My husband and I have lived in Houston, Texas, for more than 40 years, and we have lived in the same house for 25 years. Once our two kids moved out, we were ready for some changes. After four years of thinking about what to do with our house, we decided to build a new structure on the existing foundation–because we love our location and neighborhood. We spent nine months working with architects and contractors to design a floor plan and tackled the painful task of sorting through 25 years of accumulated “treasures.” We moved into a temporary rental home that came with its own set of challenges, but one year later we moved into our brand-new house. The change was often times overwhelming, but the result, a new home built on the original, memory-filled foundation, was worth every anxious moment.
I relate this story now because it reminds me in so many ways of the APCE journey. This beloved association that has operated in the same way for so many years needs an update—a reformation. We have all been part of the changing environment within our local churches. Membership numbers are decreasing along with the amount of income that is being pledged. As a result full-time educators are downsized to part-time positions, funding for continuing education is cut, and volunteers are charged with the multitude of tasks that paid professionals once handled.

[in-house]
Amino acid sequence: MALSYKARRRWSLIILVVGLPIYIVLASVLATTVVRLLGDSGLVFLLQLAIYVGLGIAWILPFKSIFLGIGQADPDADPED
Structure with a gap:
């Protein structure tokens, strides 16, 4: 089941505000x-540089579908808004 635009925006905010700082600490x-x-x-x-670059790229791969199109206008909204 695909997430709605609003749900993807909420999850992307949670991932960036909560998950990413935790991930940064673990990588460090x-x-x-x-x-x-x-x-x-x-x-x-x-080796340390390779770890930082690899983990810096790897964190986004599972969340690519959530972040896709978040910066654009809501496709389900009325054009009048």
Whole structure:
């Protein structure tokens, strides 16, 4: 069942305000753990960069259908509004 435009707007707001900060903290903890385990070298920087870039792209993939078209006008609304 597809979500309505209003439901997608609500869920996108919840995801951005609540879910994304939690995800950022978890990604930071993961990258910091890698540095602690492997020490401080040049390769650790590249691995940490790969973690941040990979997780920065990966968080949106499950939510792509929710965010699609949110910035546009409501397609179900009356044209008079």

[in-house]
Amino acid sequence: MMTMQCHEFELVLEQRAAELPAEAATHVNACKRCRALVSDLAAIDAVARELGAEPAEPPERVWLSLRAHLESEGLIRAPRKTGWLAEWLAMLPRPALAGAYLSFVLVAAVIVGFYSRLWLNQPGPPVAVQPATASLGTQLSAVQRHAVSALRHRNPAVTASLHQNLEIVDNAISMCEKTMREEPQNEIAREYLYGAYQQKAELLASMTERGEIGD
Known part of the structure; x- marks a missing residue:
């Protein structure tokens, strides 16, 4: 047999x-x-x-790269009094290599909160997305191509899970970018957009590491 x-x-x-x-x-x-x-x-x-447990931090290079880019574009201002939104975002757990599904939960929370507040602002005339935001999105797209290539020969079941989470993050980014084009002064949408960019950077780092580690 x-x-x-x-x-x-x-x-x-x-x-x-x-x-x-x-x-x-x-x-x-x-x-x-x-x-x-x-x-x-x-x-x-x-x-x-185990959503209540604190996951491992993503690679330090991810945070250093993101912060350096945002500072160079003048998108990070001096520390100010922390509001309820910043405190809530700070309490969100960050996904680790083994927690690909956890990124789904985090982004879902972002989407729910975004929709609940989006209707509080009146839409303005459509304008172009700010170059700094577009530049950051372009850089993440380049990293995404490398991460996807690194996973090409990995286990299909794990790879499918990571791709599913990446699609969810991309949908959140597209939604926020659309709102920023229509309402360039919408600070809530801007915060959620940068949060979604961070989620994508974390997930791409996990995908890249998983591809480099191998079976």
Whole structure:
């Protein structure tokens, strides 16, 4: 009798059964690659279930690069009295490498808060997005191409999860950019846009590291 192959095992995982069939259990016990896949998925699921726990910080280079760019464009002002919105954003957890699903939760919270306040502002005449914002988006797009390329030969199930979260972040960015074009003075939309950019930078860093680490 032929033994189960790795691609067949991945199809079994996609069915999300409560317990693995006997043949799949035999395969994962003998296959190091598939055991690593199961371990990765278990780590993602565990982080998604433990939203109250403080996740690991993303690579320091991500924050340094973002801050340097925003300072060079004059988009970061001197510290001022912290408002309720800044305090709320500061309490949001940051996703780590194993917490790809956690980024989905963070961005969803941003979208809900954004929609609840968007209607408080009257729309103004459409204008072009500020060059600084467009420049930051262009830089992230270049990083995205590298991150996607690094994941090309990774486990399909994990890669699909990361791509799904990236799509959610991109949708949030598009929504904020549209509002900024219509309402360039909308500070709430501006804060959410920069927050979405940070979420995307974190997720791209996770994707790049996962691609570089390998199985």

As an organization, APCE has been slow to respond to the new reality. Although full-time educators are few and far between, we continue to put our efforts into hosting an annual event for the professional, full-time educator. We have become an annual event associated with an organization rather than an organization that offers an annual event. For years the conversation has been: “Are you going to APCE?” “Who’s keynoting APCE this year?” “Where is APCE going to be next year?” If one didn’t attend the annual event, one usually didn’t join APCE that year. For most, the main reason for paying APCE’s membership fee has been to get a discount on the annual event registration.
It’s time to rebrand, reform, and renew APCE. Let us keep our foundational mission statement to connect, enrich, empower, and sustain all persons serving in educational ministry in the Reformed family of churches. But let us change our focus to intentionally involve all those who are serving in our churches, not only full-time paid professionals, but also part-time staff members, teaching elders, volunteers, and students.
In 2012 a strategic plan began to evolve. The Cabinet received a grant through the APCE Endowment Fund to engage Rodger Nishioka and Kathy Dawson, professors at Columbia Theological Seminary, in a two-day strategic planning session. Surveys of the APCE Cabinet and the general membership produced an exceptional number of responses. The constituents voiced that it was time for a change.
A twelve-member Restructuring Task Force was appointed and worked for nine months to design the plan that was approved at the meeting of the Corporation in San Jose. The overall goal was to propose a cabinet structure to function as an administrative council that would allow a broader membership to be involved. Through dedicated, creative, and faithful discernment, we believe we have designed a plan that will inspire APCE to grow and better achieve its overall mission to connect, enrich, empower, and sustain all persons serving in educational ministry. We hope and pray that you, too, will gain a sense of hope and excitement, as our organization prepares to take a leap of faith into the future.